By Olivia Russell
Pubs have always been an integral part of local communities, the heart of the town and the soul of the country.
It’s a period of nostalgia, looking back at the glory days of The Swan, on Station Road, Marsden.
The pub has served local craft ales since 1839, and its closure looms as it has struggled to make ends meet following financial hardship.
On Friday, September 20th, former regulars of The Swan get the chance to take away memorabilia, including bar stools, tables, dart boards, glasses and ashtrays for free.
The heavy-hearted farewell to the people of Marsden has been positively received, as they can take away a physical souvenir from The Swan, that has become part of Marsden’s cultural history.
Dave Wood, project manager for the site says, “We have had an unbelievable amount of interest”.
“I was astonished at how popular our offer has been. Items like the beer pumps have been reserved for Colne Valley Scouts for their outdoor events. A lot of groups are after these”.
The pub had fallen in and out of permanent management and had changed hands many times after struggling to secure a landlord. The national pub chain, Twaithes, has put the business space up for sale.
Beer campaigners are pledging for a major tax reduction and arguing against unfair business rates and high VAT that jeopardise the future of the locals across the country; with many declining pubs being renovated into detached properties.
Beer duty is set to rise by 3% every year for the foreseeable future, threatening the survival of independent pubs.
Alex Snowball, co-owner of The Colosseum, an independent sports bar and entertainment complex in Huddersfield town centre says:
“As well as being largely diversified and vibrant places, pubs are an important part of our national heritage, and it is important we continue to support and build up loyalty with our locals to increase their survival amid increasing financial pressures”.
Over 60 small pubs have vanished in the past 8 years in Kirklees alone. It’s an occurring problem up and down the country, with an average of 14 pubs closing every week on a national scale.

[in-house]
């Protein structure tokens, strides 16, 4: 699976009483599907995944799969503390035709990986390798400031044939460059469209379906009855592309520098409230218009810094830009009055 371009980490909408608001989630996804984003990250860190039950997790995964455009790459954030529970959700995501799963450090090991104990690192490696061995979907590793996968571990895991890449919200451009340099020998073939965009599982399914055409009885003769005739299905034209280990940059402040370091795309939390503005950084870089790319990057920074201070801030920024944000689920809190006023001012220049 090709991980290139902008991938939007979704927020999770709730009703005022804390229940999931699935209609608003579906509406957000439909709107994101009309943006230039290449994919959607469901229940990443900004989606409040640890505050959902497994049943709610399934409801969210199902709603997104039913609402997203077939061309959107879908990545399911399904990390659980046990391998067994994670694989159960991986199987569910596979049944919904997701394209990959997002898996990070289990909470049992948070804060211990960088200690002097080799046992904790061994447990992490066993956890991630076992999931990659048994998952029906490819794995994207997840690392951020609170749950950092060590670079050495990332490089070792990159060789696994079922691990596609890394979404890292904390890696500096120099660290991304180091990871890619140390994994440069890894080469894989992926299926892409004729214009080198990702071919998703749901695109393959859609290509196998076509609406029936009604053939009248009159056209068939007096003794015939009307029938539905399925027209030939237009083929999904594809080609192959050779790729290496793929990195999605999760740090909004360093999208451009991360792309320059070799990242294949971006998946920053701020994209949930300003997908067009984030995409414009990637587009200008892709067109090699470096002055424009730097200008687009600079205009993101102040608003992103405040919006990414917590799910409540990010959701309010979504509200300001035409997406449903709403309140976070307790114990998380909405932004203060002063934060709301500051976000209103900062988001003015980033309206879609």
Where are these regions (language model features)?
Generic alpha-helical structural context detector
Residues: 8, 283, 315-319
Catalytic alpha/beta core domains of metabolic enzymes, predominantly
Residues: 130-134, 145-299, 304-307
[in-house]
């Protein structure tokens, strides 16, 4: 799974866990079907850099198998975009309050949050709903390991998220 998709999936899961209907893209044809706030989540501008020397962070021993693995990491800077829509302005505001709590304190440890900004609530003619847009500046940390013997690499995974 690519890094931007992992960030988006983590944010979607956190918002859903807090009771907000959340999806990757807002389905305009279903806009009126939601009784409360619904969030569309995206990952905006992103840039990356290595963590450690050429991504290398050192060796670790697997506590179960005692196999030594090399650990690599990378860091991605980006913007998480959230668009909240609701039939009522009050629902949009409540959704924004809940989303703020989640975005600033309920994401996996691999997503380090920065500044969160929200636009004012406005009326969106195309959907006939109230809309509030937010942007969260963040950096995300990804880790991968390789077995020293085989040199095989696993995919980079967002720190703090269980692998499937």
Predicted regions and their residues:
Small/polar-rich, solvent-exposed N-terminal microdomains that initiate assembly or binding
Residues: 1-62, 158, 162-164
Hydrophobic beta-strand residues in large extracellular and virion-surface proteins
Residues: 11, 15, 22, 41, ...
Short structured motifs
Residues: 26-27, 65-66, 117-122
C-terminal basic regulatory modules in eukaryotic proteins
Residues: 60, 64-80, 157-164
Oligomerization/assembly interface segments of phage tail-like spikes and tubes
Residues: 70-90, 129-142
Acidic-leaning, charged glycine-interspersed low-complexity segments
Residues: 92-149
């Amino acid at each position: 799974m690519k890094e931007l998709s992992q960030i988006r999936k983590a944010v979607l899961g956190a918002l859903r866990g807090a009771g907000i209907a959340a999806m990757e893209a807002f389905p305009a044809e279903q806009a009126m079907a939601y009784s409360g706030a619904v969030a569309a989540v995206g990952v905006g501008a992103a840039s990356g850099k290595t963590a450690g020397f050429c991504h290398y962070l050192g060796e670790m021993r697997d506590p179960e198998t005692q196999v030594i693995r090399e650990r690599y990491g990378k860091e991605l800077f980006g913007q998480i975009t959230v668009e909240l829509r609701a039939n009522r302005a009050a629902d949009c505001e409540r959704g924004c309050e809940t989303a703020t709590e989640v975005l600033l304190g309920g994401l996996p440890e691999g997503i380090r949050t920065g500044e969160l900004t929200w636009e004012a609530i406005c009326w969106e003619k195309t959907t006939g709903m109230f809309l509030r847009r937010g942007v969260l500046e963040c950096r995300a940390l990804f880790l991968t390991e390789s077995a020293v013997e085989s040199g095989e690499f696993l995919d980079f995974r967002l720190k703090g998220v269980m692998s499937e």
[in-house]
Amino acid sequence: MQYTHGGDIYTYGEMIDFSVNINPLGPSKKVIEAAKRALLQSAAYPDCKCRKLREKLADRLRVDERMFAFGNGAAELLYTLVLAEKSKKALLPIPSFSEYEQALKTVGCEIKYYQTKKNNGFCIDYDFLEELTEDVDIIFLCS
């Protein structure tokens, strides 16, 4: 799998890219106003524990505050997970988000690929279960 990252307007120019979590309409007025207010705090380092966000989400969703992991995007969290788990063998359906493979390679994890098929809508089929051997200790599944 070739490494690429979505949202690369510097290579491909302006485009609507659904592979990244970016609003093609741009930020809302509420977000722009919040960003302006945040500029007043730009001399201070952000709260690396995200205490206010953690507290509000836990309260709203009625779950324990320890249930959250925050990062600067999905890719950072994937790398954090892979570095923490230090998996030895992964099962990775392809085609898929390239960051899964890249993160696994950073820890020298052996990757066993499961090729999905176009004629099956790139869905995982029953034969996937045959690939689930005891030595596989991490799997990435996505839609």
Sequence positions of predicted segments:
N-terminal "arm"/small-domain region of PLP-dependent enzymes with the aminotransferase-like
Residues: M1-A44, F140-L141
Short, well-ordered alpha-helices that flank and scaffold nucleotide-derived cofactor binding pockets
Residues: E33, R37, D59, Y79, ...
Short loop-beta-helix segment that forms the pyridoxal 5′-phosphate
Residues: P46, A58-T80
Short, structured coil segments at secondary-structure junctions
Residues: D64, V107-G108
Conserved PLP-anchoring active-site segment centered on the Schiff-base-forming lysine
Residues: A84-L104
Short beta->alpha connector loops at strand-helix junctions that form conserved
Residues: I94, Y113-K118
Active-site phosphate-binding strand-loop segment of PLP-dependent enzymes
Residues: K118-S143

A change in social habits, the smoking ban and cheap-supermarket alcohol readily available also attribute towards the decline of the local pub.
Stimulate investment back into your local, meet up for a pint, hold an event and most importantly, show your support to the few independent pubs in Kirklees that are still here today, despite the fluctuation in economic mobility.
Mike Cherry, national chairman of the Federation of Small Businesses, said: “The food and drink sector, especially pubs, have gone through huge changes in the past few years.
“Business rates, employment costs, and uncertainties over Brexit have placed huge pressures on the pub industry, with hundreds closing in the past few years.”
For many, the local offers a place of refuge, a central meeting point for the community. It’s a part of our heritage, the rustic interior, cheap pints and brawling events. With the post offices and banks moving out of small towns and villages, pubs remain valuable community assets that need to be protected.
The open-close at The Swan will commence from 10am-2pm on September 20th.
For those who can’t make the date, contact Dave Wood on 07952 745081 to make arrangements.
Pub Memorabilia to be Given Away After Closure of The Swan – Why Pub Closures are Damaging to Communities
By Olivia Russell